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More work to properly minister to the Deaf community

Fr Paul Zirimenya, who is deaf, was raised in Uganda, the third of nine children, including two sets of twins. He attended Catholic, Muslim, and Baptist schools in Uganda and went to both Masses and Jewish services as a child. He continued his education in the United States, earning a master’s degree in divinity from St Patrick’s Seminary and University in Menlo Park, California.

Since becoming a priest, Fr Zirimenya has given numerous retreats and workshops for the Catholic deaf community in the US, including a presentation for the International Catholic Deaf Association Conference held at Gallaudet University in Washington, DC, in 2013.

The Catholic News put a few questions to Fr Zirimenya during his visit to Trinidad to conduct the September 8–9 retreat for the Touch of Christ Catholic Deaf Community.

Q: Fr Zirimenya, can you tell readers how you became deaf?

I had a middle ear fluid infection when I was six years old.

Q: Do you think Church administration has done enough for deaf Catholics?

Based on my encounters, and communicating with members of Touch of Christ, I think there is more to be done and revived in the Archdiocese of Port of Spain. Two major challenges for Touch of Christ come to mind: 1) a priest/chaplain available full-time in Deaf Ministry (working in collaboration with a team of priests and deacons); 2) a permanent parish or centre for Deaf Catholics.

Q: In performing your priestly ministry, have you encountered any form of discrimination or scepticism?

Yes, though I think parishioners I am blessed to serve have faced more discrimination and scepticism than I have had.

Q: How can Catholic faithful better support the deaf Catholic community?

I think in order to support the Deaf Catholic community, it is important to understand the common definition of the Deaf community, as a community that is bound together by a signed language visual/gestural in nature (American Sign Language, ASL- in the US), and a shared culture.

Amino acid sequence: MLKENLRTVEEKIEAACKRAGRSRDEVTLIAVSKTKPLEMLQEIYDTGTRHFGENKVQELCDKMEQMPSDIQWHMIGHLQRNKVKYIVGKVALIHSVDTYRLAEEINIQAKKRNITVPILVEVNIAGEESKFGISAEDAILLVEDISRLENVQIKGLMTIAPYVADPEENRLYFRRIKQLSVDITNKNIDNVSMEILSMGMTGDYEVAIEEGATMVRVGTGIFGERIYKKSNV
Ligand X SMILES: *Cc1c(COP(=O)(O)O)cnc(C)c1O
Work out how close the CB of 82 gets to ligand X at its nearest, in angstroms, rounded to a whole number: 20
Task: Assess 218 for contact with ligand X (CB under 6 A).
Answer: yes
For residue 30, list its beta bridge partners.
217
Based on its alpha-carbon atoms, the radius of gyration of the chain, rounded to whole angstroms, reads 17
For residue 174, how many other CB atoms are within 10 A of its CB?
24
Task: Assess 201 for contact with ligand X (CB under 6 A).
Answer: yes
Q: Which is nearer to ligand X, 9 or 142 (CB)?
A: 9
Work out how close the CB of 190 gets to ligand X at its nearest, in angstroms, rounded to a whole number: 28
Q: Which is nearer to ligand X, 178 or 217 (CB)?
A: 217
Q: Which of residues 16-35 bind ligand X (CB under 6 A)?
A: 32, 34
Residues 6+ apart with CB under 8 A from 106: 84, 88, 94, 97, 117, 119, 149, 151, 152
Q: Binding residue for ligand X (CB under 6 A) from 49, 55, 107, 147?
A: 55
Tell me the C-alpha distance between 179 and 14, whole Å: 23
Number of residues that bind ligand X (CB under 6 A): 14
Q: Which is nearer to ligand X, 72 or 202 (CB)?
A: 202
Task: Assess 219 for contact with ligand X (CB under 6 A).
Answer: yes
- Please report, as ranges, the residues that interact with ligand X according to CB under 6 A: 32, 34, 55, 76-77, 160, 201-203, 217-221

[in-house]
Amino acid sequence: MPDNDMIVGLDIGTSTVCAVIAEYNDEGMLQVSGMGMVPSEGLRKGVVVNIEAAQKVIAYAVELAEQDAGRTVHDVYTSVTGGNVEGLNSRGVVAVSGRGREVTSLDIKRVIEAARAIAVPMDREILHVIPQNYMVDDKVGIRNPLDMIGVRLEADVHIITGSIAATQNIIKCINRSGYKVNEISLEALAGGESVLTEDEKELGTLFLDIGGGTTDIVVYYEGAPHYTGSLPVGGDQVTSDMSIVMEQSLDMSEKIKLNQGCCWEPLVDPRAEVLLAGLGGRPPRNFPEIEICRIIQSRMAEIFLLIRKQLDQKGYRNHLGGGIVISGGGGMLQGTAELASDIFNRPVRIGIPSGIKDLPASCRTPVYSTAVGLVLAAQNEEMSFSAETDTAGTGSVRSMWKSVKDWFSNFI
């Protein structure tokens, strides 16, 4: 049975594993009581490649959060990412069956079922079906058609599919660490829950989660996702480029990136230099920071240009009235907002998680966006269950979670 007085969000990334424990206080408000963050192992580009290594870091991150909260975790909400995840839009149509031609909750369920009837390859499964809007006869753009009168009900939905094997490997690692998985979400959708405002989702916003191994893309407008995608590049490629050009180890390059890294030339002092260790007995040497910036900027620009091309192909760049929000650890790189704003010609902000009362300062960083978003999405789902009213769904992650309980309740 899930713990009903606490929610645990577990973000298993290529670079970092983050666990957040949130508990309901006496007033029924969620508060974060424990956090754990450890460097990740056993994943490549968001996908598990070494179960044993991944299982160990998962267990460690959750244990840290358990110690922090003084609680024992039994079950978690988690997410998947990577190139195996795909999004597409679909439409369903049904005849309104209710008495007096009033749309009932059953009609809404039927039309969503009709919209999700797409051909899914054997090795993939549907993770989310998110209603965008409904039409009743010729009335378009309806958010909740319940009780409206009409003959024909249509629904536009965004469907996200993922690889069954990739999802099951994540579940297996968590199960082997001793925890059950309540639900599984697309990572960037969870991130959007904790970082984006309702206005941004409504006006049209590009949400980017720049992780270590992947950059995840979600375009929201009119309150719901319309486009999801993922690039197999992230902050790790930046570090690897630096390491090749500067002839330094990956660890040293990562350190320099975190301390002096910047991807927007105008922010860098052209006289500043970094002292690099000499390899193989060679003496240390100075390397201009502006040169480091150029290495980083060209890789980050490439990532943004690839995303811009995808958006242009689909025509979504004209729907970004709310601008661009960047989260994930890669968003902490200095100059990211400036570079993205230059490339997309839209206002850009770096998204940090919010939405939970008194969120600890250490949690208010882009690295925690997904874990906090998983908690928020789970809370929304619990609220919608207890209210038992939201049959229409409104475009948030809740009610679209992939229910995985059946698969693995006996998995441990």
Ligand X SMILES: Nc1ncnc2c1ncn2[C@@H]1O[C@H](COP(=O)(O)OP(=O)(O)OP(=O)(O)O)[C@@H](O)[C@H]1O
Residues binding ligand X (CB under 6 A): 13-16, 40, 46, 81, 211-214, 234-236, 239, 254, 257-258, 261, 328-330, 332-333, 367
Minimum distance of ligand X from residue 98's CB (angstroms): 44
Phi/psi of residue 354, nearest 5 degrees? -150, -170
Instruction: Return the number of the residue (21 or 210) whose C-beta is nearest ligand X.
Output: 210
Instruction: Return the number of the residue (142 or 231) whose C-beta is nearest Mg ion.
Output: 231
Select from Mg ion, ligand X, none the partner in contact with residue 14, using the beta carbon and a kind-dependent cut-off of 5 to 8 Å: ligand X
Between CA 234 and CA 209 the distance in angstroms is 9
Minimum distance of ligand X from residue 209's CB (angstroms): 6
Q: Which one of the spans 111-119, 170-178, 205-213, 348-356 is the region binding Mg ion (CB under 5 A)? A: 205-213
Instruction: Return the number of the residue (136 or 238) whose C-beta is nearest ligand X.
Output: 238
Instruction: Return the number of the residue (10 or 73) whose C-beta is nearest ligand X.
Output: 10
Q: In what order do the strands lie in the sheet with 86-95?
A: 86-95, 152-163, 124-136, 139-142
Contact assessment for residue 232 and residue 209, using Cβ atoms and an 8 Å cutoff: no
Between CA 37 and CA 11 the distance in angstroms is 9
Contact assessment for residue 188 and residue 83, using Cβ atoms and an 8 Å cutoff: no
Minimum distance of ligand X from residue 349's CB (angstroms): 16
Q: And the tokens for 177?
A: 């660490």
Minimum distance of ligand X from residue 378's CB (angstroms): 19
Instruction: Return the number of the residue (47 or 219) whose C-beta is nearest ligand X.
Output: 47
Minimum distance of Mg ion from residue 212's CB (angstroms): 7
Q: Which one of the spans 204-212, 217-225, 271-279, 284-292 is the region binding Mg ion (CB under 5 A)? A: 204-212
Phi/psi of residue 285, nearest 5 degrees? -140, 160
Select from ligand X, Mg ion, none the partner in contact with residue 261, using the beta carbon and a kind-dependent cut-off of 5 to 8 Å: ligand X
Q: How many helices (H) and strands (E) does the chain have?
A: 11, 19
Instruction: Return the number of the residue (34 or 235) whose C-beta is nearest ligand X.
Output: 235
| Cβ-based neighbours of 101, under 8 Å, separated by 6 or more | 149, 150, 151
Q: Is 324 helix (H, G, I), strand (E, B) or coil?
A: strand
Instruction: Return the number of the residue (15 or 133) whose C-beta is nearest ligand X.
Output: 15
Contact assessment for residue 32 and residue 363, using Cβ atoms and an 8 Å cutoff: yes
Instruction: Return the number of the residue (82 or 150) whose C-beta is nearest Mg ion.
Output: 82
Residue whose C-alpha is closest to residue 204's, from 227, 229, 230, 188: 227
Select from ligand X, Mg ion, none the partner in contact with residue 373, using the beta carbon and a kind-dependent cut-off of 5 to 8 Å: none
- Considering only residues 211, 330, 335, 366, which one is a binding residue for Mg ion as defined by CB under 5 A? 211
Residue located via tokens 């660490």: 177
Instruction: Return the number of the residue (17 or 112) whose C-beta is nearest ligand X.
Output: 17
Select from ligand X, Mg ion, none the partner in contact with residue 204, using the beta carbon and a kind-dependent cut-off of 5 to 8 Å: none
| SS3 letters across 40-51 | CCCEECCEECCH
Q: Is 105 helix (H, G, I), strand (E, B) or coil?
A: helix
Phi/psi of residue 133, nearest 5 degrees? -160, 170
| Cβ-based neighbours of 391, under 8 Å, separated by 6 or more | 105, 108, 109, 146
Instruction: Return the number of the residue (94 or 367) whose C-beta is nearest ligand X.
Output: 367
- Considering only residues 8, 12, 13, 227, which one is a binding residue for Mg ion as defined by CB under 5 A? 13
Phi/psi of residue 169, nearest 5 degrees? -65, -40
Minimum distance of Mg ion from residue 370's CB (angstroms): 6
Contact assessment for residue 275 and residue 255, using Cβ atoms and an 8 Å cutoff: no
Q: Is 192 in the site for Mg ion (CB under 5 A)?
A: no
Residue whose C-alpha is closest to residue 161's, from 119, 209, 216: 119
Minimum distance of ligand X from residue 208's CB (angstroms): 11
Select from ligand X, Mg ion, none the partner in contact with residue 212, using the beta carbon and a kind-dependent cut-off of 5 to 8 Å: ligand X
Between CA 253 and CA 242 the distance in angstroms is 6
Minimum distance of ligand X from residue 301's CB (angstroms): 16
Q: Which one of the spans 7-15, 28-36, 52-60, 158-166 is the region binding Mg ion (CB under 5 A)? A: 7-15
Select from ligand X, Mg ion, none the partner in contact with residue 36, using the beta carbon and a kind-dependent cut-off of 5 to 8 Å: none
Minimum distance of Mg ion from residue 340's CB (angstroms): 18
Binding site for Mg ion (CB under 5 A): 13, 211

This community includes but isn’t exclusive to Deaf and hard of hearing adults, seniors, teens, and children all of whom may have either Deaf or hearing family members who can also be considered part of this community.

A small percentage of the Deaf community are deaf and blind, and they have additional communication needs. Also, some deaf people have multiple disabilities.

Q: How has being deaf enhanced your priestly vocation?

I first thought of priesthood when I was 14 years old. I recall, it was a paternal uncle, a priest, who often visited our home during the holidays. For me, as a teenager, I thought his cassock was cool – he was a superman with solutions to all life’s problems! But it wasn’t until 10 years later, when I was 24, that I seriously considered a calling to priesthood. My deafness was, of course, an issue but my parish priest (a missionary from Luxembourg, who was himself hard-of-hearing), assured and encouraged me. Time and again, he assured me there was no reason I shouldn’t pursue a vocation to priesthood if God was calling me even as a deaf man (Mark 7:34).

Q: Can you describe what your training to be a priest was like as a deaf person? What provisions, if any, were made in your training?

I was provided full access with interpreters and captioners for my classes, daily prayer, and Masses.


Editor’s Note: To get a better understanding of ministering to the Catholic deaf community, Fr Zirimenya encouraged Catholics to read the final recommendations from the XXIV International Conference, ‘Ephphatha! The Deaf Person in the Life of the Church’, held November 19 – 21, 2009.